Danone to Cut Costs as Dairy Business Faces Pressures

Food group Danone plans to cut costs by 1 billion euros ($1.1 billion) over the next three years, saying the turnaround of its European dairy business was taking longer than expected while tough conditions in China would endure in 2017.

The world's largest yogurt maker was cautious about the current year, given deflationary consumer trends in Europe and rising milk prices.

Danone said it would review its financial goals after closing its $10 billion acquisition of U.S. organic food group WhiteWave, which is expected in the first quarter and which should boost earnings.

The owner of Evian water and Activia yogurt is targeting earnings per share growth of above 5 percent in 2017, excluding WhiteWave. It achieved EPS growth of 9.3 percent in 2016.

The new savings plan - called "Protein" by Danone - will aim to cut spending on marketing and general expenses such as corporate travel, and will be partly used to fund future growth.

Chief Financial Officer Cecile Cabanis told analysts that Danone eyed "moderate" top line sales growth for 2017.

Emmanuel Faber, chief executive since October 2014, has vowed to return Danone to "strong profitable and sustainable growth" by 2020.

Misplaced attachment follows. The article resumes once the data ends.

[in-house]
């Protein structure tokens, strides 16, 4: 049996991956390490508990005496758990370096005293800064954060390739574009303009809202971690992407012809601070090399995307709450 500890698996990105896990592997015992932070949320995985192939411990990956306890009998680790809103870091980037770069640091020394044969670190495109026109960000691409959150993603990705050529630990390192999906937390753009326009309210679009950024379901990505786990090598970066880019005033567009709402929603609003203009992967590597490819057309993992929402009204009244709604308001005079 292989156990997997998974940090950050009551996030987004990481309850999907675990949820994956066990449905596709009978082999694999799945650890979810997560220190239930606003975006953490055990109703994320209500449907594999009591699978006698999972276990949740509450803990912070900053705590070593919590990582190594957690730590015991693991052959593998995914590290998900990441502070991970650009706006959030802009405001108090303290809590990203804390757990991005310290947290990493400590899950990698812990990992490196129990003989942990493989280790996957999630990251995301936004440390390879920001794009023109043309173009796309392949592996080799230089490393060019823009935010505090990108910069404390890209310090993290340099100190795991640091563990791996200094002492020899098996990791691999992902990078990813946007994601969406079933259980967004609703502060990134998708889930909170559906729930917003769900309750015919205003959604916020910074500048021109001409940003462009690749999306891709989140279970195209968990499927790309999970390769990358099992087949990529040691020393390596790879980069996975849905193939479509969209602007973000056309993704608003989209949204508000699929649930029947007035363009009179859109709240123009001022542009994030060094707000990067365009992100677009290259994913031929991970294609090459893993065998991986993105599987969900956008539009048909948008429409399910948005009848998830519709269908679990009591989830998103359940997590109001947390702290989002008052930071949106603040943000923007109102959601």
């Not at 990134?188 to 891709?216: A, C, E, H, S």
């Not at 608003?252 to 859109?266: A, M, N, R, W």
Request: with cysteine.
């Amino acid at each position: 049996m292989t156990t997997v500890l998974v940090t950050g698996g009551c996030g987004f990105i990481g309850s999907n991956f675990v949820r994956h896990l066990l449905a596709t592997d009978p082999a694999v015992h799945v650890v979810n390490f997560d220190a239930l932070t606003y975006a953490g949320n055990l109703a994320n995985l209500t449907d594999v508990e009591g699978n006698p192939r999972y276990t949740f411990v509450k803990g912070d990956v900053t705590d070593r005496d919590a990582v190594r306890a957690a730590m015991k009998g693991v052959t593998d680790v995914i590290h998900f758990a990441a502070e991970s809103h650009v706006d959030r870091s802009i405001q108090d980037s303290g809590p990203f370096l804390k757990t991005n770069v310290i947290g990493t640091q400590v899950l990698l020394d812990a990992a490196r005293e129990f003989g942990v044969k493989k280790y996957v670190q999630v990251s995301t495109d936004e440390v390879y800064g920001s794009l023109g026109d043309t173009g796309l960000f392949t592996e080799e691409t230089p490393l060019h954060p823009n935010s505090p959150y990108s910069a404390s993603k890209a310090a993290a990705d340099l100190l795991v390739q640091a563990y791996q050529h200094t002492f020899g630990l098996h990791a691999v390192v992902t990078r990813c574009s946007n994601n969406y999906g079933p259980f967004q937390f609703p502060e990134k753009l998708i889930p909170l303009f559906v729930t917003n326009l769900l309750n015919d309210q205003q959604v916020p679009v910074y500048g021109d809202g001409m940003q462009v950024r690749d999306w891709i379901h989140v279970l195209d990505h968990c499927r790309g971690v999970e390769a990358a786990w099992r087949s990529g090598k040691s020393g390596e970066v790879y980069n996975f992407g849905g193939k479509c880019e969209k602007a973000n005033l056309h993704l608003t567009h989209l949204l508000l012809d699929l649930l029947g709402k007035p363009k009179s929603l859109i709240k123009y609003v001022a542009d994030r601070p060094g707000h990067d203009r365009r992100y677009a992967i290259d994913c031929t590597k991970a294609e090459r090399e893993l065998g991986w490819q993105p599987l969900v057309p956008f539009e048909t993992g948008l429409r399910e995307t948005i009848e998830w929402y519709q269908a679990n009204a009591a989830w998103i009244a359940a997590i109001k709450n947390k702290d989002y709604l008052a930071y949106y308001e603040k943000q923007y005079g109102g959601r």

He is reviewing its business in China and is overhauling its dairy division, where it has cut costs and launched new products.

Sales Growth Slows

Danone's like-for-like sales in 2016 rose 2.9 percent to 21.94 billion euros ($23.22 billion), a slowdown from 4.4 percent growth in 2015. Danone had warned in December that growth would be below its original target of 3-5 percent.

The slowdown reflected tough market conditions in Spain and problems with the relaunch of its Activia brand in Europe, which held back dairy sales growth in the final quarter, while pressures in the Chinese market weighed on baby food sales.

The market for baby food products in China has been hit by earlier safety scandals, while China has also tightened regulations on the purchase of foreign goods over the Internet to favor domestic companies.

British consumer goods company Reckitt Benckiser is expanding in the baby food formula market after agreeing to buy Mead Johnson Nutrition for $16.6 billion.

Danone shares were up 0.1 percent in mid-session trading.

"We are strongly encouraged that management is focused on driving sustainable profit growth as opposed to top-line growth at any cost," said Liberum analysts, who maintained a "Buy" rating on Danone shares.

($1 = 0.9451 euros)